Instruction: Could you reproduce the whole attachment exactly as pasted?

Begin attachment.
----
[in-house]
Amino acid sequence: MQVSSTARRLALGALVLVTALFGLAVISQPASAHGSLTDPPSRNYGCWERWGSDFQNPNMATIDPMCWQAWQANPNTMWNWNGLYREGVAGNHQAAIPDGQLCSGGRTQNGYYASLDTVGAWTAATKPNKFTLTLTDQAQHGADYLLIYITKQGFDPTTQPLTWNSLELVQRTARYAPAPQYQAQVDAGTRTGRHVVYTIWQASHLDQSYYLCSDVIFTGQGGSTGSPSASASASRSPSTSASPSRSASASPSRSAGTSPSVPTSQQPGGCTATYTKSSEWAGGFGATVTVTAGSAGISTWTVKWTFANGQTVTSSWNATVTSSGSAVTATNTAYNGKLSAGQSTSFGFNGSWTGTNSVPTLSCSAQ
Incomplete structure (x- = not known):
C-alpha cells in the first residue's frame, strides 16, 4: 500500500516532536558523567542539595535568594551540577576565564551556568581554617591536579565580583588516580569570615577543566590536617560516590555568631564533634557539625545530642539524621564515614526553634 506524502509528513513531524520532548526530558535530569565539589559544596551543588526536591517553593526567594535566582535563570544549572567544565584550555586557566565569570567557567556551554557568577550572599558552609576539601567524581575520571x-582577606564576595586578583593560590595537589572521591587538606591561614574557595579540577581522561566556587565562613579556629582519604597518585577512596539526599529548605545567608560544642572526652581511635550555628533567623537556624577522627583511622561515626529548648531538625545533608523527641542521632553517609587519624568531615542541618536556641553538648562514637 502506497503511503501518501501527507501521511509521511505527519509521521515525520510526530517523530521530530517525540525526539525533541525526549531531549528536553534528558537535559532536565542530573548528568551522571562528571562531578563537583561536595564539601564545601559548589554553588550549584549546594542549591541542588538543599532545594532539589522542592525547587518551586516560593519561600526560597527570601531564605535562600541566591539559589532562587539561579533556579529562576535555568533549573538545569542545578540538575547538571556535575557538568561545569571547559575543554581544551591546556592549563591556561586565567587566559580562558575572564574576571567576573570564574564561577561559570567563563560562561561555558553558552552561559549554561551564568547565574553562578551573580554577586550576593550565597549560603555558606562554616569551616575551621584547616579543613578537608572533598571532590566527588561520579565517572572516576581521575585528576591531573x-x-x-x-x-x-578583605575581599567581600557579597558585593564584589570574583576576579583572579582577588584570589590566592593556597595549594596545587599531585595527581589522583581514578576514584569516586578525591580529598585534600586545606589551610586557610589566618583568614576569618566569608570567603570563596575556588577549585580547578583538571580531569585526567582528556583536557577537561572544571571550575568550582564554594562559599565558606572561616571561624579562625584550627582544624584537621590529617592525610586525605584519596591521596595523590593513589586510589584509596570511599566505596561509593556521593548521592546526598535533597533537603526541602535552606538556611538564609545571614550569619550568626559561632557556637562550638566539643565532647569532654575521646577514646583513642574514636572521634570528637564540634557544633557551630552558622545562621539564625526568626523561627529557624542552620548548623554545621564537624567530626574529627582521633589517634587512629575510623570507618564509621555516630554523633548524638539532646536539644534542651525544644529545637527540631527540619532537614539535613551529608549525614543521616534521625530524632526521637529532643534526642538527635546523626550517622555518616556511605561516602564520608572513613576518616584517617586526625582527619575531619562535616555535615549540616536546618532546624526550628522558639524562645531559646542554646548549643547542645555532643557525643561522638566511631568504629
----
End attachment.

[in-house]
Amino acid sequence: MQVSSTARRLALGALVLVTALFGLAVISQPASAHGSLTDPPSRNYGCWERWGSDFQNPNMATIDPMCWQAWQANPNTMWNWNGLYREGVAGNHQAAIPDGQLCSGGRTQNGYYASLDTVGAWTAATKPNKFTLTLTDQAQHGADYLLIYITKQGFDPTTQPLTWNSLELVQRTARYAPAPQYQAQVDAGTRTGRHVVYTIWQASHLDQSYYLCSDVIFTGQGGSTGSPSASASASRSPSTSASPSRSASASPSRSAGTSPSVPTSQQPGGCTATYTKSSEWAGGFGATVTVTAGSAGISTWTVKWTFANGQTVTSSWNATVTSSGSAVTATNTAYNGKLSAGQSTSFGFNGSWTGTNSVPTLSCSAQ
Incomplete structure (x- = not known):
C-alpha cells in the first residue's frame, strides 16, 4: 500500500516532536558523567542539595535568594551540577576565564551556568581554617591536579565580583588516580569570615577543566590536617560516590555568631564533634557539625545530642539524621564515614526553634 506524502509528513513531524520532548526530558535530569565539589559544596551543588526536591517553593526567594535566582535563570544549572567544565584550555586557566565569570567557567556551554557568577550572599558552609576539601567524581575520571x-582577606564576595586578583593560590595537589572521591587538606591561614574557595579540577581522561566556587565562613579556629582519604597518585577512596539526599529548605545567608560544642572526652581511635550555628533567623537556624577522627583511622561515626529548648531538625545533608523527641542521632553517609587519624568531615542541618536556641553538648562514637 502506497503511503501518501501527507501521511509521511505527519509521521515525520510526530517523530521530530517525540525526539525533541525526549531531549528536553534528558537535559532536565542530573548528568551522571562528571562531578563537583561536595564539601564545601559548589554553588550549584549546594542549591541542588538543599532545594532539589522542592525547587518551586516560593519561600526560597527570601531564605535562600541566591539559589532562587539561579533556579529562576535555568533549573538545569542545578540538575547538571556535575557538568561545569571547559575543554581544551591546556592549563591556561586565567587566559580562558575572564574576571567576573570564574564561577561559570567563563560562561561555558553558552552561559549554561551564568547565574553562578551573580554577586550576593550565597549560603555558606562554616569551616575551621584547616579543613578537608572533598571532590566527588561520579565517572572516576581521575585528576591531573x-x-x-x-x-x-578583605575581599567581600557579597558585593564584589570574583576576579583572579582577588584570589590566592593556597595549594596545587599531585595527581589522583581514578576514584569516586578525591580529598585534600586545606589551610586557610589566618583568614576569618566569608570567603570563596575556588577549585580547578583538571580531569585526567582528556583536557577537561572544571571550575568550582564554594562559599565558606572561616571561624579562625584550627582544624584537621590529617592525610586525605584519596591521596595523590593513589586510589584509596570511599566505596561509593556521593548521592546526598535533597533537603526541602535552606538556611538564609545571614550569619550568626559561632557556637562550638566539643565532647569532654575521646577514646583513642574514636572521634570528637564540634557544633557551630552558622545562621539564625526568626523561627529557624542552620548548623554545621564537624567530626574529627582521633589517634587512629575510623570507618564509621555516630554523633548524638539532646536539644534542651525544644529545637527540631527540619532537614539535613551529608549525614543521616534521625530524632526521637529532643534526642538527635546523626550517622555518616556511605561516602564520608572513613576518616584517617586526625582527619575531619562535616555535615549540616536546618532546624526550628522558639524562645531559646542554646548549643547542645555532643557525643561522638566511631568504629